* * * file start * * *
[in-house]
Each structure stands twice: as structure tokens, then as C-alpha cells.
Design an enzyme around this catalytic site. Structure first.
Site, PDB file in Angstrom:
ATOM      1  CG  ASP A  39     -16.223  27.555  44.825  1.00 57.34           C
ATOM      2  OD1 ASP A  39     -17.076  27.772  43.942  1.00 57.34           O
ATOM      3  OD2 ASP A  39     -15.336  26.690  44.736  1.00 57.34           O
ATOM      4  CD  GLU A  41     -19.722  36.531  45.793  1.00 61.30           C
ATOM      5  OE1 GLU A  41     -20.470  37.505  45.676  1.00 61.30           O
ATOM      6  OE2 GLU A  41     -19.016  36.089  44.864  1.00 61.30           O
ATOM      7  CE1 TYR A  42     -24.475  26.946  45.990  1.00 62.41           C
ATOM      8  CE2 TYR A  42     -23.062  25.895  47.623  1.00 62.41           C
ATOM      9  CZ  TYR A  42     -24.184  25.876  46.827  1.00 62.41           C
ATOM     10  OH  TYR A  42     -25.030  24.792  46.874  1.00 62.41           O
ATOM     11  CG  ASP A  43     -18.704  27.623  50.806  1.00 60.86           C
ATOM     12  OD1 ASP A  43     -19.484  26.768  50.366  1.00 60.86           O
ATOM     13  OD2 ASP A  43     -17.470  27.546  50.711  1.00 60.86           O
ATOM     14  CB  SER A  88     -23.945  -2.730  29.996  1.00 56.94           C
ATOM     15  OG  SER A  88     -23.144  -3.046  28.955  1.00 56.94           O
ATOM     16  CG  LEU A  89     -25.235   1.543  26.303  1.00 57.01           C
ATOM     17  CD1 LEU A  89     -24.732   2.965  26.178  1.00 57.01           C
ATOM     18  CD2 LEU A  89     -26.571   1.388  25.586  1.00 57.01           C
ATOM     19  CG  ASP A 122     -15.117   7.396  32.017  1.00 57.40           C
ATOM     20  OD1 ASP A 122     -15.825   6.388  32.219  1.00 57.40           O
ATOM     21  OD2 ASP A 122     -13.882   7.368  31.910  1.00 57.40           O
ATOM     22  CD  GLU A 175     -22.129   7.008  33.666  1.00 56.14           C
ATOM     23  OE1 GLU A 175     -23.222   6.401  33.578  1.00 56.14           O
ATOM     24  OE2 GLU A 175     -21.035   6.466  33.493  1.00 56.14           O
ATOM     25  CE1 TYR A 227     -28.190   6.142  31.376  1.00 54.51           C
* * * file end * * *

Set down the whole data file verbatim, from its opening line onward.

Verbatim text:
[in-house]
Each structure stands twice: as structure tokens, then as C-alpha cells.
Design an enzyme around this catalytic site. Structure first.
Site, PDB file in Angstrom:
ATOM      1  CG  ASP A  39     -16.223  27.555  44.825  1.00 57.34           C
ATOM      2  OD1 ASP A  39     -17.076  27.772  43.942  1.00 57.34           O
ATOM      3  OD2 ASP A  39     -15.336  26.690  44.736  1.00 57.34           O
ATOM      4  CD  GLU A  41     -19.722  36.531  45.793  1.00 61.30           C
ATOM      5  OE1 GLU A  41     -20.470  37.505  45.676  1.00 61.30           O
ATOM      6  OE2 GLU A  41     -19.016  36.089  44.864  1.00 61.30           O
ATOM      7  CE1 TYR A  42     -24.475  26.946  45.990  1.00 62.41           C
ATOM      8  CE2 TYR A  42     -23.062  25.895  47.623  1.00 62.41           C
ATOM      9  CZ  TYR A  42     -24.184  25.876  46.827  1.00 62.41           C
ATOM     10  OH  TYR A  42     -25.030  24.792  46.874  1.00 62.41           O
ATOM     11  CG  ASP A  43     -18.704  27.623  50.806  1.00 60.86           C
ATOM     12  OD1 ASP A  43     -19.484  26.768  50.366  1.00 60.86           O
ATOM     13  OD2 ASP A  43     -17.470  27.546  50.711  1.00 60.86           O
ATOM     14  CB  SER A  88     -23.945  -2.730  29.996  1.00 56.94           C
ATOM     15  OG  SER A  88     -23.144  -3.046  28.955  1.00 56.94           O
ATOM     16  CG  LEU A  89     -25.235   1.543  26.303  1.00 57.01           C
ATOM     17  CD1 LEU A  89     -24.732   2.965  26.178  1.00 57.01           C
ATOM     18  CD2 LEU A  89     -26.571   1.388  25.586  1.00 57.01           C
ATOM     19  CG  ASP A 122     -15.117   7.396  32.017  1.00 57.40           C
ATOM     20  OD1 ASP A 122     -15.825   6.388  32.219  1.00 57.40           O
ATOM     21  OD2 ASP A 122     -13.882   7.368  31.910  1.00 57.40           O
ATOM     22  CD  GLU A 175     -22.129   7.008  33.666  1.00 56.14           C
ATOM     23  OE1 GLU A 175     -23.222   6.401  33.578  1.00 56.14           O
ATOM     24  OE2 GLU A 175     -21.035   6.466  33.493  1.00 56.14           O
ATOM     25  CE1 TYR A 227     -28.190   6.142  31.376  1.00 54.51           C